The Hawaii Department of Labor & Industrial Relations recently conducted the first in a series of workshops on Hawaii unemployment insurance for new employers. The workshops are designed for owners and managers of newly created businesses, especially those who are operating a business for the first time. They cover a variety of important topics, including costs, proper filing and hearings.
The workshop was held at the Keelikolani Building, in the same building as the State Department of Labor and Tax Office. The sessions were lead by the staff of the Unemployment Insurance Division of the Dept. of Labor & Industrial Relations. A number of the most common filing errors were discussed, and there was ample time for questions and networking.
Many small business owners note that it is the administrative maters, not the business itself, that causes the most headaches. Unemployment insurance, workers’ comp, payroll taxes, worker safety training, OSHA and labor law poster requirements, etc. are often the biggest challenges that new business owners face.
A number of vital topics were covered. Many new employers had questions on general information about unemployment insurance, which were addressed. A speaker discussed how to complete the quarterly Unemployment Insurance Report (UC-B6), a concern to many experienced business owners, not just new ones!
The very informative, capable staff of the Hawaii Unemployment Insurance division provided information on claims and benefits, as well as complete instruction on internet filing. Other topics covered in the half-day seminar included filing deadlines, avoiding penalties and interest, and my personal favorite, Tax Savings.
If you missed this workshop, and you’d like more information on the Hawaii unemployment insurance laws, three more workshops are scheduled. They are slated for April 12, July 10 and October 9, in the same location. Contact the Hawaii Dept. of Labor & Industrial Relations for more information.
After talking about unemployment insurance and how employers have to pay a certain tax for it for every one of their employees, I know what the logical question is next. After all, anybody reading this blog must be a pretty astute employer, and you must all be thinking: Sure, I have to pay this unemployment insurance tax, and I will, but there’s got to be a way to make sure I don’t pay too much unemployment insurance tax—what is it?
Well, in the state of Hawaii at least, you can minimize your employer’s unemployment insurance tax because of the fact that part of your contribution to the system is determined by the ratio of your reserve account balance—how much taxes in your account are still leftover unspent from the last period—to your annual average taxable payroll for the last three years—how much taxes you usually have been paying.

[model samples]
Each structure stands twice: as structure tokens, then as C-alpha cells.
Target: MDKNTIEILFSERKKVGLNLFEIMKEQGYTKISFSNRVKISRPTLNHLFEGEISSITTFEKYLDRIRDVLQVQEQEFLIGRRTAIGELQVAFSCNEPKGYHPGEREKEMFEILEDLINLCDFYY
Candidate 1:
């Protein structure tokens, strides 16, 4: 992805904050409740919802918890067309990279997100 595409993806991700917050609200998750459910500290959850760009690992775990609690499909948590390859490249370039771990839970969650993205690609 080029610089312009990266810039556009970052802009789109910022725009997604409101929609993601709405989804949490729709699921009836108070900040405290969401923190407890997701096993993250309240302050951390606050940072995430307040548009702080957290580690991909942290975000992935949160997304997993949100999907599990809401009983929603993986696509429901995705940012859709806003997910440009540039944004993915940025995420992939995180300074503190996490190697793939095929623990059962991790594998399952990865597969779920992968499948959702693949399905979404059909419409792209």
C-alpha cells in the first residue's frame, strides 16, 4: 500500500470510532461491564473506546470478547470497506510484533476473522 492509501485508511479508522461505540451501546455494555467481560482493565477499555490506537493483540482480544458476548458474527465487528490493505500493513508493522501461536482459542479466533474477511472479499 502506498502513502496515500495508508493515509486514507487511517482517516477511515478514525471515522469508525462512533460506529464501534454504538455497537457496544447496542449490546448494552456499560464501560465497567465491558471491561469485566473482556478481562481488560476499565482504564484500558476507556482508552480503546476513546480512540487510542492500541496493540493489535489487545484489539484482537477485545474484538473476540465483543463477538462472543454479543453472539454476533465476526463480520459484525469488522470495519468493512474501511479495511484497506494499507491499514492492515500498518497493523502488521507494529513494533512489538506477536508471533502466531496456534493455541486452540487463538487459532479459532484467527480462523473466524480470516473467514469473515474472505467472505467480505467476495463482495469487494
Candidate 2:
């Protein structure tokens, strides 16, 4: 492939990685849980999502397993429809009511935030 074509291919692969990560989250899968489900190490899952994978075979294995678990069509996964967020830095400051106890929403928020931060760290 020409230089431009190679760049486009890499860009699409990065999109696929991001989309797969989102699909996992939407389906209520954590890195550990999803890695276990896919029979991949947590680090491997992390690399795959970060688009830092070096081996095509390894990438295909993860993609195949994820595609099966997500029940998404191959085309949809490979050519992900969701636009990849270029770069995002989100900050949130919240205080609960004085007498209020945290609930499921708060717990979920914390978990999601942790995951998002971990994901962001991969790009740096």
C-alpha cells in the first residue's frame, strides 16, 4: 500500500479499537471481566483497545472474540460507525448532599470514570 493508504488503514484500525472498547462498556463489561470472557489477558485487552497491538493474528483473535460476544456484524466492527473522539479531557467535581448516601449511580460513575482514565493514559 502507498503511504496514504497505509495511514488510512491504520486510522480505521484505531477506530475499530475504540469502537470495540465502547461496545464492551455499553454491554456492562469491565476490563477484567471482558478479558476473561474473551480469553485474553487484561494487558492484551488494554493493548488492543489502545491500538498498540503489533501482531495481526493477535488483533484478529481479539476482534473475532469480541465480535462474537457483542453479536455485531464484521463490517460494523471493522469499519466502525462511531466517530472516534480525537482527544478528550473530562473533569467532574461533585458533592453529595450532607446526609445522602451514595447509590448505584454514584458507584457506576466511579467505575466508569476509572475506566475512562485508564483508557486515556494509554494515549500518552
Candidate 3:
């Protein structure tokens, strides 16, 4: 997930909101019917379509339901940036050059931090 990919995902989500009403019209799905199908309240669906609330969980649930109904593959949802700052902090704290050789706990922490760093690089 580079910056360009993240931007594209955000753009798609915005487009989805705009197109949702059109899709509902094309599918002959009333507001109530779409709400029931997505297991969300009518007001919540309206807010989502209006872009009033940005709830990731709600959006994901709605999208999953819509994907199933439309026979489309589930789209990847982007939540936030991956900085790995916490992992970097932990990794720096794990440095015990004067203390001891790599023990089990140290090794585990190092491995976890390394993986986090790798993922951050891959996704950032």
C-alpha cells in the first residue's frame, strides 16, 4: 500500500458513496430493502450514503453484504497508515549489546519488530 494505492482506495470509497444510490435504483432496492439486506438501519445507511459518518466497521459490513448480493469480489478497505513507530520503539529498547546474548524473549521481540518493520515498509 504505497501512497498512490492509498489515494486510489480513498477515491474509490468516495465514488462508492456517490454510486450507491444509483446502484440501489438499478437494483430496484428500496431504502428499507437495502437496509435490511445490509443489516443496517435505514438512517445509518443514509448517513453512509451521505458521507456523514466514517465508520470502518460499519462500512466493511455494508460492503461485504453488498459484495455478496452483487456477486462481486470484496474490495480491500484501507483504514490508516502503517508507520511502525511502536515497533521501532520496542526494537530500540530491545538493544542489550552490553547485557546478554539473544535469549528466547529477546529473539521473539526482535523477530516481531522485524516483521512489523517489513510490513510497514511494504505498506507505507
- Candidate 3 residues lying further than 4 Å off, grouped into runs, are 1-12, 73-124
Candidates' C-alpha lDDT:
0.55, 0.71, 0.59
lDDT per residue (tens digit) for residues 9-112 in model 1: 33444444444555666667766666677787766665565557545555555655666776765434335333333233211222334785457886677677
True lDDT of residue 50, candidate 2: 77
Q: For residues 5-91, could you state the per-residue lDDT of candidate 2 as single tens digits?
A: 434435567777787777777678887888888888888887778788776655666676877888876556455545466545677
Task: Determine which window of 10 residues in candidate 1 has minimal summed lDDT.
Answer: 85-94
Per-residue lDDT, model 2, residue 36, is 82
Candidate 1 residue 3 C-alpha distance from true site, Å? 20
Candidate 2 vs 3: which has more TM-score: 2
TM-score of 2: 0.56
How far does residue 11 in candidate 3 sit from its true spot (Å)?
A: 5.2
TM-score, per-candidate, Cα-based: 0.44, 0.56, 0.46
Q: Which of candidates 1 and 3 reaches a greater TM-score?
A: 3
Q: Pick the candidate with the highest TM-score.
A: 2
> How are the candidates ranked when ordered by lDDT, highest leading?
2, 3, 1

In other words, if you’re reserve balance goes down, and or your average taxable payroll goes up, this ratio will go down, and you will have to pay more taxes for unemployment insurance going forward. That makes sense, because the state of Hawaii would like that you have higher reserves. That means that your former employees are claiming less unemployment benefits. And if your payroll goes up, that means you have more employees, or more higher paid employees. And that means that you have a greater risk of paying more unemployment benefits in the future.
Make sense? Either way, here are some simple practical tips that the Hawaii state authorities offer up. For instance, the state recommends that you file all of your quarterly reports (which we talked about earlier) on time and accurately. And the state also recommends that you keep accurate records, for old and current employees (something else we’ve talked a little about here).
I discovered that the Hawaii Employment Security Law protects workers who become unemployed through no fault of their own. Benefits may be paid for a maximum of 26 weeks. An employee who has worked during at least two quarters in a year, and worked at least 2 days a week, is eligible to receive benefits.
Other qualifications that a worker must meet are:
- Filing a tele-claim with Hawaii’s unemployment office
- Registering for work and reporting to the employment office as required
- Being able and available for work, unless the worker is ill or disabled
- Applying for work and not refusing suitable employment without good cause
If an employee voluntarily quits or resigns, I know that they are not eligible for benefits. Also, an employee who has been fired for deliberate misconduct connected with work is also not eligible.
If however an employee quit for good cause, they may receive benefits. Good cause is defined as:
- A change in working conditions that affects the worker’s health, safety, or morals
- A change in terms of employment, including pay, position, duties, days or hours of work
- Equal opportunity discrimination
- A change in an employee’s marital or domestic status;
- Refusal to rehire an employee after another job has been accepted and then withdrawn by a new employer
- Retirement due to a collective bargaining agreement
I read that an addition to the law provides for benefits to employees when a job loss is caused by a natural or manmade disaster. The additional benefits are dependent on the governor’s declaration of a state of emergency. There is no waiting period, but the maximum benefits payable are for 13 weeks.
Employers must pay taxes for each of their workers into an account from which benefits are paid out to covered workers who become involuntarily unemployed. Employers must also post a notice of the Hawaii Unemployment Insurance Laws in a public area of their workplace. This notice can be found on the Hawaii Complete Labor Law poster.